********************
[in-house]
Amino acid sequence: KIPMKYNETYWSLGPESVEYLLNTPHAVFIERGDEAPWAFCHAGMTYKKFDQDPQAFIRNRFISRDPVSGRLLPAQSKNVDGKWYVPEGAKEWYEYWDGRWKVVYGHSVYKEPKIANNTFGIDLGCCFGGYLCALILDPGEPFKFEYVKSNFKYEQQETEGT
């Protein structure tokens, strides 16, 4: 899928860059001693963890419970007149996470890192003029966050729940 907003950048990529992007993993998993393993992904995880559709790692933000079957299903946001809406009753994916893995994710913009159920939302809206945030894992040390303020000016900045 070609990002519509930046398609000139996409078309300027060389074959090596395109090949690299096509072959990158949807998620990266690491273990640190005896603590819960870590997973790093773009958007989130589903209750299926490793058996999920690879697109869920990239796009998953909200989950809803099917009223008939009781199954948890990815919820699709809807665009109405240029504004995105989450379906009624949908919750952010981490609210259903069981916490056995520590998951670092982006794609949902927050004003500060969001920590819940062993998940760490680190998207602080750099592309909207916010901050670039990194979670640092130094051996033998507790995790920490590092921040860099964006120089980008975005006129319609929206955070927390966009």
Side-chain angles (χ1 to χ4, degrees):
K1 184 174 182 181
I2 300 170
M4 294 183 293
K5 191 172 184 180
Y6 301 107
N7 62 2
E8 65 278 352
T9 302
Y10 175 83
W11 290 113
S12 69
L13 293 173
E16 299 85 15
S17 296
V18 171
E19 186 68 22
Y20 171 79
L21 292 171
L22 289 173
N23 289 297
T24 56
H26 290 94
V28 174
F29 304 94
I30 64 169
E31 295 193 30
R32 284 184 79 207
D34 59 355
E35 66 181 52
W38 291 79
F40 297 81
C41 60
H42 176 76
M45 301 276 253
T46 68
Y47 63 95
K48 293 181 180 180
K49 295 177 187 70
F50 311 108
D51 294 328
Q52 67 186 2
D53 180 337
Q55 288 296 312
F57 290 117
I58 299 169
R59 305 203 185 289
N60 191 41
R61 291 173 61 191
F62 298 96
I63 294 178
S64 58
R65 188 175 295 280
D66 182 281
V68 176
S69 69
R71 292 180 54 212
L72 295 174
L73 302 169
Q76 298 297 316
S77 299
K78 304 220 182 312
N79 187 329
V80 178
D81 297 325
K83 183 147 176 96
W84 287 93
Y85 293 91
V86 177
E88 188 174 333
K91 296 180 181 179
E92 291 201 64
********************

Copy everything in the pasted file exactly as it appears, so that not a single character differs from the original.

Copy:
[in-house]
Amino acid sequence: KIPMKYNETYWSLGPESVEYLLNTPHAVFIERGDEAPWAFCHAGMTYKKFDQDPQAFIRNRFISRDPVSGRLLPAQSKNVDGKWYVPEGAKEWYEYWDGRWKVVYGHSVYKEPKIANNTFGIDLGCCFGGYLCALILDPGEPFKFEYVKSNFKYEQQETEGT
């Protein structure tokens, strides 16, 4: 899928860059001693963890419970007149996470890192003029966050729940 907003950048990529992007993993998993393993992904995880559709790692933000079957299903946001809406009753994916893995994710913009159920939302809206945030894992040390303020000016900045 070609990002519509930046398609000139996409078309300027060389074959090596395109090949690299096509072959990158949807998620990266690491273990640190005896603590819960870590997973790093773009958007989130589903209750299926490793058996999920690879697109869920990239796009998953909200989950809803099917009223008939009781199954948890990815919820699709809807665009109405240029504004995105989450379906009624949908919750952010981490609210259903069981916490056995520590998951670092982006794609949902927050004003500060969001920590819940062993998940760490680190998207602080750099592309909207916010901050670039990194979670640092130094051996033998507790995790920490590092921040860099964006120089980008975005006129319609929206955070927390966009």
Side-chain angles (χ1 to χ4, degrees):
K1 184 174 182 181
I2 300 170
M4 294 183 293
K5 191 172 184 180
Y6 301 107
N7 62 2
E8 65 278 352
T9 302
Y10 175 83
W11 290 113
S12 69
L13 293 173
E16 299 85 15
S17 296
V18 171
E19 186 68 22
Y20 171 79
L21 292 171
L22 289 173
N23 289 297
T24 56
H26 290 94
V28 174
F29 304 94
I30 64 169
E31 295 193 30
R32 284 184 79 207
D34 59 355
E35 66 181 52
W38 291 79
F40 297 81
C41 60
H42 176 76
M45 301 276 253
T46 68
Y47 63 95
K48 293 181 180 180
K49 295 177 187 70
F50 311 108
D51 294 328
Q52 67 186 2
D53 180 337
Q55 288 296 312
F57 290 117
I58 299 169
R59 305 203 185 289
N60 191 41
R61 291 173 61 191
F62 298 96
I63 294 178
S64 58
R65 188 175 295 280
D66 182 281
V68 176
S69 69
R71 292 180 54 212
L72 295 174
L73 302 169
Q76 298 297 316
S77 299
K78 304 220 182 312
N79 187 329
V80 178
D81 297 325
K83 183 147 176 96
W84 287 93
Y85 293 91
V86 177
E88 188 174 333
K91 296 180 181 179
E92 291 201 64